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Jenny Gassman-Pines says some aspects of her dance training helped her find her footing as a trial lawyer. She was photographed at the Greene Espel office in downtown Minneapolis. (Staff photo: Bill Klotz)

Ballet’s loss is Minnesota legal community’s gain

“No regrets,” Jenny Gassman-Pines says, when asked if she ever questions her decision to give up her youthful dream of pursuing a career in dance, with all its glittering promise, and turn instead to the study of law.

Believe it. In person, she seems totally at ease with herself and her ability to make good choices. It was at her prompting, in fact, that the subject of her shelved dancing ambitions came to the surface. Gassman-Pines talked freely about her teen years as a budding ballerina, her fondness for the Twin Cities law community, her work as an attorney-partner at the Green Espel law firm in downtown Minneapolis — and of course, her style sense.

Style-wise, she’s a bit of a classic traditionalist, she admits, insofar as dressing for business goes. “I wear what people might expect a lawyer to wear,” she says. For courtroom appearances, she typically presents herself in a suit, sensible shoes (no open-toe), with an eye to focusing attention on her message, and not so much on her as the messenger for her clients.

“Frankly, I think that’s what judges and juries want too,” she says.

“The dynamic for me is to make sure that I’m persuasive and prepared,” she adds.

It’s not so different from how dancers approach their art.

Some aspects of her dance training helped her find her footing as a trial lawyer. One thing that dance teaches its practitioners is to expect the unexpected in a live performance — and to know how to respond appropriately, “to think on your feet,” she says. “You have to stand up in court and perform, too.”

“Being comfortable in that unpredictable environment” is an important for a lawyer as it is for a ballerina, she says.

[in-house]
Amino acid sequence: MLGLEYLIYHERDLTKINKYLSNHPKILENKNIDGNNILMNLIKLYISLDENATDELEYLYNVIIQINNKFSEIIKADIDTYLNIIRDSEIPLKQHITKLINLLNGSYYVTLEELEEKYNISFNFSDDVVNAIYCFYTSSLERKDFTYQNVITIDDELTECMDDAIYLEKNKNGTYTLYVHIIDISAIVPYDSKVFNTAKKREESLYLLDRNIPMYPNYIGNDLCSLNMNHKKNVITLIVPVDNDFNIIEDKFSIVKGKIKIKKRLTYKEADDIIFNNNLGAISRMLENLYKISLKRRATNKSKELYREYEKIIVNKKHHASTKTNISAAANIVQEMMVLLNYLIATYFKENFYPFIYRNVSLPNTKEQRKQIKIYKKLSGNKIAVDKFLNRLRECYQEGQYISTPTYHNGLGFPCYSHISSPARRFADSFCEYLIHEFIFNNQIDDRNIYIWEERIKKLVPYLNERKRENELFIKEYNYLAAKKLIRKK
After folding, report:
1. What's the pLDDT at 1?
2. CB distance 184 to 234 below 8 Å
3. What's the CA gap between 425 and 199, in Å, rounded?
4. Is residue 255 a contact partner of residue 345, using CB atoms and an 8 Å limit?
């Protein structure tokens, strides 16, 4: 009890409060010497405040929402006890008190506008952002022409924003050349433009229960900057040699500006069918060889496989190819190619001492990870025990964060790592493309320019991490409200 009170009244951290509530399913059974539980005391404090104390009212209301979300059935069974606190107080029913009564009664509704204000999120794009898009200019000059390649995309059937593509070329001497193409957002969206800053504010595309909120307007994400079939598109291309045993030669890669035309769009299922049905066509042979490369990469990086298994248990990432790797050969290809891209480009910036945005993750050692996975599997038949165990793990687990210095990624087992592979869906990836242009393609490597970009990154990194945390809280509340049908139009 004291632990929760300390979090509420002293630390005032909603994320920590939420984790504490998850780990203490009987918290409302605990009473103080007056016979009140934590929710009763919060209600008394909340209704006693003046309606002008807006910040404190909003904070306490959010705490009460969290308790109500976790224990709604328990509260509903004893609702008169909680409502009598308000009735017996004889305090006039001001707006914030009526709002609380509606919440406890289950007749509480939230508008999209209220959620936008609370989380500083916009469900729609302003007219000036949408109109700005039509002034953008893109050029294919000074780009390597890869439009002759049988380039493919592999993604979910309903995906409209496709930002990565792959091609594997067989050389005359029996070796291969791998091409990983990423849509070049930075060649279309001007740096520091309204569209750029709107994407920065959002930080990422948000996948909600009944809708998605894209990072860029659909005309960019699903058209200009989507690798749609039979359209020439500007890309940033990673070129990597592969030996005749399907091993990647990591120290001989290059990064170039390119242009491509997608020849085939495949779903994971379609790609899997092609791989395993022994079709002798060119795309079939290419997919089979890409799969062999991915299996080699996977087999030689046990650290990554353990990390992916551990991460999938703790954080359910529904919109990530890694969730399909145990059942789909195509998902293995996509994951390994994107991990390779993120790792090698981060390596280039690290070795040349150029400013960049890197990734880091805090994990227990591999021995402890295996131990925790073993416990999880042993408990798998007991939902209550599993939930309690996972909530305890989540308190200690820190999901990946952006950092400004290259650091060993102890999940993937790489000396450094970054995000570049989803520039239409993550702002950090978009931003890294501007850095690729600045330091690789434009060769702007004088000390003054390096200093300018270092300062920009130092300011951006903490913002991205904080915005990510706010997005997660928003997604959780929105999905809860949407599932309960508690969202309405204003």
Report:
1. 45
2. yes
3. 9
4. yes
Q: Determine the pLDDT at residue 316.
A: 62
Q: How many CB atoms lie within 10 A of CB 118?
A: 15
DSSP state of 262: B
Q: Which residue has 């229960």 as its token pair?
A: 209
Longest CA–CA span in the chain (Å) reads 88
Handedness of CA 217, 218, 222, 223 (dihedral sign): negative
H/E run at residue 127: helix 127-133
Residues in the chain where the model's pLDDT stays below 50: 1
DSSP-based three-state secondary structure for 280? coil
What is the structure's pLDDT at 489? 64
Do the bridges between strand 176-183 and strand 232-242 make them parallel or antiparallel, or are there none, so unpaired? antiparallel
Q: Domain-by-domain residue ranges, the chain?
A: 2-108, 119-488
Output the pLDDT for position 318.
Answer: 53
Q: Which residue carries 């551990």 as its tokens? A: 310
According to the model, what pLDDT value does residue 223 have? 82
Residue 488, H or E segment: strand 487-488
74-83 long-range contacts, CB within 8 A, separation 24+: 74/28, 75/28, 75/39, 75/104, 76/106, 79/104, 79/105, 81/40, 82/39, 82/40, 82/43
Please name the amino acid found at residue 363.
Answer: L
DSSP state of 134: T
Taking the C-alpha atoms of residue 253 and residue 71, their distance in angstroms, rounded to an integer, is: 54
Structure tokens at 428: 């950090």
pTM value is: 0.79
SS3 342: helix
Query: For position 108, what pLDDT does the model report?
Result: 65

“Dance helped me learn how to think on my feet,” she says.

She grew up in Madison, Wisconsin. Both she and her sister expressed artistic inclinations, and her parents encouraged them to pursue their passions. “All through middle school and high school, I thought about becoming a professional dancer, either in ballet or modern dance,” Gassman-Pines says.

As a high schooler, she performed in “The Nutcracker.” Between school years, her parents packed her and her sister off to the Interlochen Arts Camp, a summer arts camp in northwestern Michigan. Campers split their time between studying a particular art — ballet, in Gassman-Pines’ case — and enjoying the splendors of the Michigan outdoors. “It was a wonderful experience,” she says.

“Competitive, of course, but also collaborative,” she adds.

Her summer idylls in the wilds of Michigan ended after her senior year in high school, but her romance with the dance world only intensified — for a spell. The Alvin Ailey School, the official school of the Alvin Ailey American Dance Theater, one of the great names in American dance, accepted her on a summer fellowship. She spent the summer in New York City, studying at the school and working part-time in the business office. The experience afforded her a 360 view of the dancing life in the big city — the good, the bad, the mawkish and the mundane.

Most of all “it was an incredible experience” to be so closely associated with the Ailey company, even for such a short while, she says. She saw how the work came together to produce “Revelations,” the company’s African-American spirituals-and-blues-infused signature piece of dance theater.

“One of the most moving shows I have ever seen,” Gassman-Pines enthuses.

She also took note of what life was like for young, aspiring dancers in the Big Apple. Her take: it could be a rough life. Her days would be spent making the rounds of auditions; the rest of the time she would work to make ends meet, waiting tables most likely. The cutthroat level of competition she observed among dancers also turned her off.